My experience in the pool
Coomba Park Tidal Pool must be one of the most isolated swimming enclosures I’ve been to since I began this quest to swim the NSW ocean pools, harbour baths and other outdoor pools across the state. The peace on this part of Wallis Lake is extraordinary. Apart from the varying sounds of kookaburras laughing, whip birds catapulting and the occasional other exotic bird making itself known to locals, there was barely a sound at Coomba Park, once the group of five swimmers had left the enclosure to us on this bright Sunday morning in October.
We were pleased to see locals in the water, mind you. I’m always suspicious of swimming baths where nobody ever seems to set foot in the water, let alone venture towards the shark net.
But this bevy of locals were at Coomba Park for their annual dip (I’m surely really they go in more often, but this seems to be an annual ritual to get back into the water at the start of the season). The water temperature was fine, they said. The water was a bit murky, they all agreed, but only the gent who had swum closest to the shark net reported coming into contact with a big, blue jellyfish. Another swimmer said she had just missed the beast by swimming away as it appeared in front of her, but the guy said it had brushed down his arm, with no undue effects.
Still, harmless though the jellyfish might have been, I steered clear of that section of the baths, as I made my way up and down the enclosure’s 50m or so width.
With the water being so murky, I didn’t feel too inclined to do much freestyle, so stuck to back stroke and breaststroke, with much lolling on my back just taking in the atmosphere.
A big pelican grunted occasionally as it watched us from its vantage point on the high wooden post that marked the end of the jetty by the baths. Those kookaburras continued to cackle, and swallows swooped over the water. With no jellyfish in sight (or touch, thankfully), this felt like the most wonderful spot on earth for a gentle glide through the water on a quiet Sunday.
The isolation of Coomba Park is not complete. There is a house whose garden backs right onto the lawn by the pool (lucky them); there is a shower (though the council are currently replacing the changing sheds and toilets); and there is even a general store round the corner. But all the boats moored just beyond the shark net lay idle and, with the bush backing right onto the waterside all round this enormous lake, the swimming enclosure feels like it is right at the end of the civilised or built up world.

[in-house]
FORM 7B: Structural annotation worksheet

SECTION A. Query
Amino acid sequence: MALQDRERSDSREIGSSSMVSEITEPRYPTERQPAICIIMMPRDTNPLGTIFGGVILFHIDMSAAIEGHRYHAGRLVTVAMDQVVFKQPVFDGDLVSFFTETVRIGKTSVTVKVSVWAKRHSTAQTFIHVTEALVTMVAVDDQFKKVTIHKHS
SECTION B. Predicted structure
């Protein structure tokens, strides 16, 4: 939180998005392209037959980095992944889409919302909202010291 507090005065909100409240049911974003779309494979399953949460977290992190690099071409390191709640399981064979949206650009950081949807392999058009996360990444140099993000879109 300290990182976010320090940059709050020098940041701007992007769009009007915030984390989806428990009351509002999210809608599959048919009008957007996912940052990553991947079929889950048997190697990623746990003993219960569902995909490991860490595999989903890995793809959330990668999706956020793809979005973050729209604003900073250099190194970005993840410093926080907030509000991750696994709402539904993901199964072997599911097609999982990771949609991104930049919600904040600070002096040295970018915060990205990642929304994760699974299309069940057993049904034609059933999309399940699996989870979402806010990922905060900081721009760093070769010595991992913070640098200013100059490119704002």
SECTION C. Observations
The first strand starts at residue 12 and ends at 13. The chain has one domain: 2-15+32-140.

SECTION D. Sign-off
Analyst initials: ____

After our swim, we exchanged pleasantries with a bloke who was down for a day’s fishing. But that was it.
What a fantastic spot if you like a swim surrounded by nature and fancy a bit of bird-watching while you’re at it. We loved Coomba Park.
Getting there, getting in, getting changed
There was no sign of any public transport to get you to Coomba Park. It’s a 22km drive from the main road that takes you between Forster and Bulahdelah, and there aren’t many human dwellings along that road.
Enter the water via the sandy beach. The sand pretty quickly gets mushy, though, and within 10 metres of the water’s edge, I was sinking into my ankles in sand and weed. I was glad of my pool shoes and plunged in as soon as the water was deep enough.
There is a standing shower by the signposts for the baths at Coomba Park. I think there was a toilet facility once, and I believe the council are replacing them, but as of October 2017, there is no toilet and nowhere to change.
Hard to tell from our one visit to Coomba Park, but from the depth of the pool up by the shark net, I would say you could probably swim here on any tide.
History and stories about the pool
I didn’t find any references to Coomba Park Tidal Pool in any other blogs or websites with stories to tell. Nor were there any press clippings I could find on the place in Trove website, so if anybody knows of any, do comment below with a link…
What’s your story? Any memories of swimming here? Any stories to tell? Or did you just have swimming lessons in days gone by?
Whatever you have to say, however brief, I’d love to hear from you and will add any stories to this section of the site as and when I receive them. Add your comment or story under ‘Leave a Reply’ below.
Coffee, tea or milkshake after the swim?
The general store in Coomba Park might do you a coffee, but we went in search of the Brunch Café in the local community hall, which is apparently open from 9.30am on a Sunday, though looked all quiet as we drove past at 9.40! In any case we are more post swim coffee fans than brunch eaters so we drove on in search of coffee.
In the end it was nearly half an hour’s drive away.
Frothy Coffee in the Boatshed – 1 Amaroo Drive, Smiths Lake, NSW 2428
Open Daily 9am – 3.45pm
I’m actually not a fan of the particular coffee supplier they use at Frothy Coffee, but the flat white was decent enough, and the passion fruit cake squares delicious.
What makes this coffee shop worth the detour is the view and the setting. Take a table on the verandah and watch the fish – and jellyfish – move about in the water through cracks in the decking. Watch out for the kamikazi kookaburras, and judging by the beautiful gum trees lining the water you may even get the occasional koala sighting near Frothy Coffee. We could happily have sat here all day, and thought this would be a great spot to visit for a whole weekend some time. And just half an hour’s drive to that swim in Wallis Lake.